Hey comic book fans! It’s the week you’ve all been waiting for. Feast of Fields, the latest graphic novel by Sean Karemaker, is finally hitting store shelves, and it’s incredible. In this installment of “Under the Surface,” Sean talks about his unique drawing process, his VR collaboration with artist Charles Barnard, and his relationship with his mom.
Why did you decide to write Feast of Fields?
Ever since I was a little kid, I wanted to learn more about my mom’s childhood and her experiences of living in an orphanage.
How did your mother react?
My mom has been involved in the process of making this book, so she has seen my very early explorations. The process was emotional for both of us and she was happy with the final product.
Your scrolls are amazing. What are the benefits of working on scrolls? The drawbacks?
This process gives me some freedom with how I frame shots in the editing stage, and it also gives me a chance to make a nice flow between pages. Making my comics on scrolls also makes it easier to adapt these stories into VR. This process can be difficult however because the composition requires a lot of thought and planning. They also require an obscene amount of time.
We’re so excited to hear more about the Feast of Fields VR experience! What’s the collaborative process like?
I began a collaboration with 3D Artist Charles Barnard to adapt my scroll drawings into mobile VR experience on Google daydream. In this version the reader views each scene as a 3D panorama, truly immersing them in the story.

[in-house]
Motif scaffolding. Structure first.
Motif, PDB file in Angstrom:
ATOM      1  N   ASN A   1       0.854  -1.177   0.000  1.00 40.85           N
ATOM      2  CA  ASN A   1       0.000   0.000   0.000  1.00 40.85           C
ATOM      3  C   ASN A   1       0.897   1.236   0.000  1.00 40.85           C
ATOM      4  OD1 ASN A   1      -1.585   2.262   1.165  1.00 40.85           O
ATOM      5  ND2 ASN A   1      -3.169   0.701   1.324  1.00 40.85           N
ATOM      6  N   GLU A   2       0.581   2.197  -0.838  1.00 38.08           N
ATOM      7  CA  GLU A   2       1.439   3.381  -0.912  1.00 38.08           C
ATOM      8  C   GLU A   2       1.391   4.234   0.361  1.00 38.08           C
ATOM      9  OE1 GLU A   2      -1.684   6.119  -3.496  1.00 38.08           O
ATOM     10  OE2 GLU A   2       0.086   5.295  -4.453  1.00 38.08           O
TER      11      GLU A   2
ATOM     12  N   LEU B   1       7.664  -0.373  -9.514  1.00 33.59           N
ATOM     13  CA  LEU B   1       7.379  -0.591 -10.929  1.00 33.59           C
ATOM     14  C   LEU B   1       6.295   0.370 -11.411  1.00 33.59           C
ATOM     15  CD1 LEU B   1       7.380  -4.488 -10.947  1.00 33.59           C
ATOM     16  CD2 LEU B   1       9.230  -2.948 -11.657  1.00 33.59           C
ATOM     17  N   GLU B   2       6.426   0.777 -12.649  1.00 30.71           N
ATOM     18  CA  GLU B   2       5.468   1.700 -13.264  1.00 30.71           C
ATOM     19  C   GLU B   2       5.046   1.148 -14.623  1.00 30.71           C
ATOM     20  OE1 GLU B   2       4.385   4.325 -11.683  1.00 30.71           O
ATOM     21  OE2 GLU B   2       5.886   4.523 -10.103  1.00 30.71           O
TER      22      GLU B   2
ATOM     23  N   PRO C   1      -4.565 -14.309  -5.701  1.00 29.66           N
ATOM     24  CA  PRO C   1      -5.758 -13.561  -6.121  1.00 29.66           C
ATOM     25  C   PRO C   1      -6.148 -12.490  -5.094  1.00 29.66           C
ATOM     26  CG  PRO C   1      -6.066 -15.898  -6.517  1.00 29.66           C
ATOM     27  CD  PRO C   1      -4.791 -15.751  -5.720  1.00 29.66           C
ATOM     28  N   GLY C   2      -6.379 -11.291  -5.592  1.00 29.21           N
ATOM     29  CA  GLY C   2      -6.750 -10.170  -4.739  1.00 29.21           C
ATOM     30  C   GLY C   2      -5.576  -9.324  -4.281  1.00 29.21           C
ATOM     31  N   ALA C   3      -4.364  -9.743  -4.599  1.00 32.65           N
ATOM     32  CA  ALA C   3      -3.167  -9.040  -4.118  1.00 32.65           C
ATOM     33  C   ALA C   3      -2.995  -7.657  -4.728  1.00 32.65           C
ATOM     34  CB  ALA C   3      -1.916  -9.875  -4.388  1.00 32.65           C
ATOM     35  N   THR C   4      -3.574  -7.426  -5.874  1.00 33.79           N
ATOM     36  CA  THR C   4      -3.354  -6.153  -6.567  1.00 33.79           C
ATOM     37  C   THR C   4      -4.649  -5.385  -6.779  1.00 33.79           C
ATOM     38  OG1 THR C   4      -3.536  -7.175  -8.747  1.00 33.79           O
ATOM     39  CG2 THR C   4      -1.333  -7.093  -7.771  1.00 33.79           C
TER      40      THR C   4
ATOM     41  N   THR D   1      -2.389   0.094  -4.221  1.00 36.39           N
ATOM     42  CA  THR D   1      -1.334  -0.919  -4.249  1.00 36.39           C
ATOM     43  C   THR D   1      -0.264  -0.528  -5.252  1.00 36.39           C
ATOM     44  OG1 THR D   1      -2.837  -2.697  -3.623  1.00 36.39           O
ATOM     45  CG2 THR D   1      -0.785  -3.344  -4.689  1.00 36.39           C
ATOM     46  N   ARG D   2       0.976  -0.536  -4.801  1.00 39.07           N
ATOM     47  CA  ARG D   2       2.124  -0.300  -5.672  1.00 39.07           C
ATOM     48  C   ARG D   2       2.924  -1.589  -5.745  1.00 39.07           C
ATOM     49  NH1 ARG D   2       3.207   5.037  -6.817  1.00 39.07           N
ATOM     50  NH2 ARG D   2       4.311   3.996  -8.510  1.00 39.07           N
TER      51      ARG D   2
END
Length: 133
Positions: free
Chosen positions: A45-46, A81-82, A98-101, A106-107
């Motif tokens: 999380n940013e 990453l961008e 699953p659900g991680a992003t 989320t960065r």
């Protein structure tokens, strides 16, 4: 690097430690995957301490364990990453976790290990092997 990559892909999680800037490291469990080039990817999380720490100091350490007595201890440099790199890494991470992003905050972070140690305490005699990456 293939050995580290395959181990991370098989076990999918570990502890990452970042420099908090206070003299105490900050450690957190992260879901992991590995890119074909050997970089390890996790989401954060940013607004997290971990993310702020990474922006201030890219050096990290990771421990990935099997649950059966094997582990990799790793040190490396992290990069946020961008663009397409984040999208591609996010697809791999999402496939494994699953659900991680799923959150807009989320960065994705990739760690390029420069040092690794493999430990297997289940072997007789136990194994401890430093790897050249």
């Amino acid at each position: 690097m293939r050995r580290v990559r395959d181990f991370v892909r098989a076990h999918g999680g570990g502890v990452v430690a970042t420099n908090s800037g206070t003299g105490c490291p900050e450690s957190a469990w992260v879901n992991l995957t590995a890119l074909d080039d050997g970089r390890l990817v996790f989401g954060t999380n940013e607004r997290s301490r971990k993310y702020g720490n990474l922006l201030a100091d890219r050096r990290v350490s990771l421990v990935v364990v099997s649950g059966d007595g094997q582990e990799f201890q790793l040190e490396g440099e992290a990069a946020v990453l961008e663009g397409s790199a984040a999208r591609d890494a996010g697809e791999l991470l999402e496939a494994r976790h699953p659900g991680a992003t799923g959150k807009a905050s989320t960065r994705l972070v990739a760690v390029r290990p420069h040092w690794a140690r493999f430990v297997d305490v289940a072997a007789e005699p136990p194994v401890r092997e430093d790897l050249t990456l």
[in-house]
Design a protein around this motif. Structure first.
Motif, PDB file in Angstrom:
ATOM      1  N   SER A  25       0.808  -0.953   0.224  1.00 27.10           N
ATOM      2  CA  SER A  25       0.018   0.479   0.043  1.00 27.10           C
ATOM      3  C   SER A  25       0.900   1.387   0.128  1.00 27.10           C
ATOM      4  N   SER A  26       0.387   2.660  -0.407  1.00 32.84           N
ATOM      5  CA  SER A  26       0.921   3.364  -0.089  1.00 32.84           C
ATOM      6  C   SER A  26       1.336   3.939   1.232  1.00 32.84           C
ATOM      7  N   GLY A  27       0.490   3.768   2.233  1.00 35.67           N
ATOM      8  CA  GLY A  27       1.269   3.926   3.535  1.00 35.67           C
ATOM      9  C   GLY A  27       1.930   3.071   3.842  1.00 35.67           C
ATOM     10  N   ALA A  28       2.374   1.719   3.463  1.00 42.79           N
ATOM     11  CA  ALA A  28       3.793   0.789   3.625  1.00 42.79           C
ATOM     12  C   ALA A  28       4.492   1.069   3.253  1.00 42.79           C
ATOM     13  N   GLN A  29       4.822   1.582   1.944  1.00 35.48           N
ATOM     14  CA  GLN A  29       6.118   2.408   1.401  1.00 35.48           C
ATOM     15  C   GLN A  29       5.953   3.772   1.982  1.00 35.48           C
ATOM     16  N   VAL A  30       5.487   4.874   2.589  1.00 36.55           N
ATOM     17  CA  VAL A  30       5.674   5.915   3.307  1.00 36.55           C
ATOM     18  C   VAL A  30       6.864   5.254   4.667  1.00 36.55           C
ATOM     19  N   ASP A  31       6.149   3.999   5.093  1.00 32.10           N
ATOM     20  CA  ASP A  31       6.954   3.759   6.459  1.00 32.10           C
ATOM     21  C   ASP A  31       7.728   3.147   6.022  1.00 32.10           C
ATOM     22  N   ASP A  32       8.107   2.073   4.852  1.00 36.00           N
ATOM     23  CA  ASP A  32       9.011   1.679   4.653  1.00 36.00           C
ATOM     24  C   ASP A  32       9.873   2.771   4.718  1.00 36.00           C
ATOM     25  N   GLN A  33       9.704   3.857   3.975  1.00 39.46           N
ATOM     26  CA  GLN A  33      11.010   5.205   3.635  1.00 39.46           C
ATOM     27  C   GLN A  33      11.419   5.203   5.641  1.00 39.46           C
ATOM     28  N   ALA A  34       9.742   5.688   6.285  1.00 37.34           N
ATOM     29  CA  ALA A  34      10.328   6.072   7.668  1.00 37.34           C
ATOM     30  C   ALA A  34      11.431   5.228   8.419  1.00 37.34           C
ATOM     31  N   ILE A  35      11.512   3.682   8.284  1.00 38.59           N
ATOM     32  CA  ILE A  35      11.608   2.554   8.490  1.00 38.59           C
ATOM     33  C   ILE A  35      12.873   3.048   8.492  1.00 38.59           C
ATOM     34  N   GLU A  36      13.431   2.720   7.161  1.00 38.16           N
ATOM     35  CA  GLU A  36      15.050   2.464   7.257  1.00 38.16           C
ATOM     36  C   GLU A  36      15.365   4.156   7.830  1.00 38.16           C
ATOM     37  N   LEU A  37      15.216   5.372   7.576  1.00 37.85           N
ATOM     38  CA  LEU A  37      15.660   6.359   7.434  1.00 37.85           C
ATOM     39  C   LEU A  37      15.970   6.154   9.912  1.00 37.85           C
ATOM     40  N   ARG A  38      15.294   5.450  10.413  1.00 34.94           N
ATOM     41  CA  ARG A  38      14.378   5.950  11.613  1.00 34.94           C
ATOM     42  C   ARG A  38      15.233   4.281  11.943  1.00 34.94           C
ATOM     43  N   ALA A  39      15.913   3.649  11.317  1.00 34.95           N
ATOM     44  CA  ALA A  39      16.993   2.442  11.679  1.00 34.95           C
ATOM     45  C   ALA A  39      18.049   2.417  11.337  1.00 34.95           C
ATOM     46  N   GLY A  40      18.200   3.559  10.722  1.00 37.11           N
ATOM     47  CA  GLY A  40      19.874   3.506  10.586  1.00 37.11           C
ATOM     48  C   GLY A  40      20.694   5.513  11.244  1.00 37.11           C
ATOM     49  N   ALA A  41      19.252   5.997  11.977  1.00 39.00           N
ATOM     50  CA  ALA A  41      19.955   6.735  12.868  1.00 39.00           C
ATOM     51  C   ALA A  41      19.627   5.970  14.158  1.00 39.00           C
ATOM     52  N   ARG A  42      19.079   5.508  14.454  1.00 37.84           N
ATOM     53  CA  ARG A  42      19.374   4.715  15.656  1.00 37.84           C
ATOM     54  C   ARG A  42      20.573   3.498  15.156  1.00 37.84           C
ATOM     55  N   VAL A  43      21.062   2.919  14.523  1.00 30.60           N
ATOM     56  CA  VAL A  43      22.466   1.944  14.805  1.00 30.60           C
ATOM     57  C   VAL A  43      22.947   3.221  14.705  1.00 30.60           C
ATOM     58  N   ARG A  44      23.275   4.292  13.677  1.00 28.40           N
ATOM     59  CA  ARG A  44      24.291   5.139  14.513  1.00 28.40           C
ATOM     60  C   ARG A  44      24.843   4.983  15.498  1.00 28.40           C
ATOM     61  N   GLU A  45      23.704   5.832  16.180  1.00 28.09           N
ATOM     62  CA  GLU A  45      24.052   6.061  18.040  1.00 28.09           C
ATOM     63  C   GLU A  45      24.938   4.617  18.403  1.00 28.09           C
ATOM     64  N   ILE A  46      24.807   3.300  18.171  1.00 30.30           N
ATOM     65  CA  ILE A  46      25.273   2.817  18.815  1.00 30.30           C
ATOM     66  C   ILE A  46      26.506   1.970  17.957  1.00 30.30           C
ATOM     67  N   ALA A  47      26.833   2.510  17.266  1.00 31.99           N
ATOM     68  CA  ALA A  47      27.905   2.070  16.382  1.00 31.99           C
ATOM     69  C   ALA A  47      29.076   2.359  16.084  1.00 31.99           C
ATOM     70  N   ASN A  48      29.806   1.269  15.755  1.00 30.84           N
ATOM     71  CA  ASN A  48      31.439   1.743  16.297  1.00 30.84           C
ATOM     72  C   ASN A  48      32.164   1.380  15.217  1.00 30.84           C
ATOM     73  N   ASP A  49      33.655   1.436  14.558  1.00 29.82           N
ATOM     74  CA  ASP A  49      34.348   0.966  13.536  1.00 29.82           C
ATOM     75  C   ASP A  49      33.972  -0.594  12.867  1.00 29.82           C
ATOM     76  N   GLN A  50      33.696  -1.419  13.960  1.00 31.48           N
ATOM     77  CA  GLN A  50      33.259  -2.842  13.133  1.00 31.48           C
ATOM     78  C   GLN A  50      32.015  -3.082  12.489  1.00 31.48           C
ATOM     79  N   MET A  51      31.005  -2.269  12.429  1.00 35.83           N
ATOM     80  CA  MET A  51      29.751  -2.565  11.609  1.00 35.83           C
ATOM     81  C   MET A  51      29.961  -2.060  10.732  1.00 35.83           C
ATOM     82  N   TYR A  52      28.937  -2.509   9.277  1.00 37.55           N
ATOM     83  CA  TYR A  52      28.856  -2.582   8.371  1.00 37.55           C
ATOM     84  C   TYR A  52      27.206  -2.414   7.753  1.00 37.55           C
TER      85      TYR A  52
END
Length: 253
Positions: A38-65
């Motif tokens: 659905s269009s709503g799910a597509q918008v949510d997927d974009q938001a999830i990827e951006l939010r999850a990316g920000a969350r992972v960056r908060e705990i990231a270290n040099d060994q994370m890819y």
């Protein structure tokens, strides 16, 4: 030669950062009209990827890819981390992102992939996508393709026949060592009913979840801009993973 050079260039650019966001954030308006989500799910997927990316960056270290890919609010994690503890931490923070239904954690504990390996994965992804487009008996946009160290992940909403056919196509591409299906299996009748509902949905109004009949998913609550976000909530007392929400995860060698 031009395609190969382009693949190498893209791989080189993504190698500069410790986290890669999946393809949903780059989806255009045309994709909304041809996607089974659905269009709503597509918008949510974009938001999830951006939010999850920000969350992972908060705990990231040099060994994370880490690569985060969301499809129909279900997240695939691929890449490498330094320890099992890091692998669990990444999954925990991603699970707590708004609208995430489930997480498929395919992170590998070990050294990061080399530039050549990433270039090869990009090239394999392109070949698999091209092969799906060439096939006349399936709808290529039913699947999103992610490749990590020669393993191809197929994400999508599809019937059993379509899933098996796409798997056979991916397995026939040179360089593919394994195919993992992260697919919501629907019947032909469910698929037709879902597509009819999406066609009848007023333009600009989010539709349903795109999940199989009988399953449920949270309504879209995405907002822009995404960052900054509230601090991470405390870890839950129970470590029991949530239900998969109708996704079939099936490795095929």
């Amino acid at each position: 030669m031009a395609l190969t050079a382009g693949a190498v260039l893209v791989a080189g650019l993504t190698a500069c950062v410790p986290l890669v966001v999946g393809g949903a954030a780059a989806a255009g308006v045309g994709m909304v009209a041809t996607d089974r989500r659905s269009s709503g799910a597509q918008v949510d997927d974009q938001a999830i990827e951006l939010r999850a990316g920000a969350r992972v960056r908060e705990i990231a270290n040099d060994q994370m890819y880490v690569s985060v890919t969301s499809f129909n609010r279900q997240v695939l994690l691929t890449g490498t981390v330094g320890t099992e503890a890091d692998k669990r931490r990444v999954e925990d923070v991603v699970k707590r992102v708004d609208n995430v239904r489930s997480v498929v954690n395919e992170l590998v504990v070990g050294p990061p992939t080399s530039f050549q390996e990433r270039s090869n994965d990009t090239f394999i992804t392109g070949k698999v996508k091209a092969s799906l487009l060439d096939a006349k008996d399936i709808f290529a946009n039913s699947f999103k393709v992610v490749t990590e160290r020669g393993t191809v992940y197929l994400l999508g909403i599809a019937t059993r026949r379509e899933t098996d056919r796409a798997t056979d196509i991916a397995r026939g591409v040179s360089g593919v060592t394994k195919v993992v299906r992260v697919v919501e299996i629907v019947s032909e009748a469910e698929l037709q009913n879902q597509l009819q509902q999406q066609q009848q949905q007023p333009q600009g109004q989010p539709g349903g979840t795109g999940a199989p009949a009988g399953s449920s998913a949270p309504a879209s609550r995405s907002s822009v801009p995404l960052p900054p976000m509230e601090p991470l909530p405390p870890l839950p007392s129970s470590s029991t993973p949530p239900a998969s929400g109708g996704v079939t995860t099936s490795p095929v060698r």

You do a lot of work in schools and other programs for kids. What do you hope they take away from your presentations?
When I teach or talk at schools I’m hoping to inspire kids to express themselves and empathize with each other. There are some kids who are really interested in art but they don’t have any examples of adults pursuing arts in their lives.
As you worked on Feast of Fields, did you learn anything about yourself or your relationship with your mother?
I worked on the majority of this book while living in an isolated artist residency, and I was forced to confront some of my own insecurities. My process involved projecting my subconscious into the story, and this gave me a greater empathy for my mom’s experiences. By looking more closely at the challenges my mom came to terms with in her youth, I got a feeling of how much she had missed out on. The process of making this book was a challenge for both of us, but it strengthened our relationship.
What’s next for you?
Right now I’m painting murals in the tunnels below Vancouver General Hospital. During the summer I will sell paintings and books on the beach. I also have a few ideas for future graphic novels, but I think I’ll wait at least a few months before I start on a new book!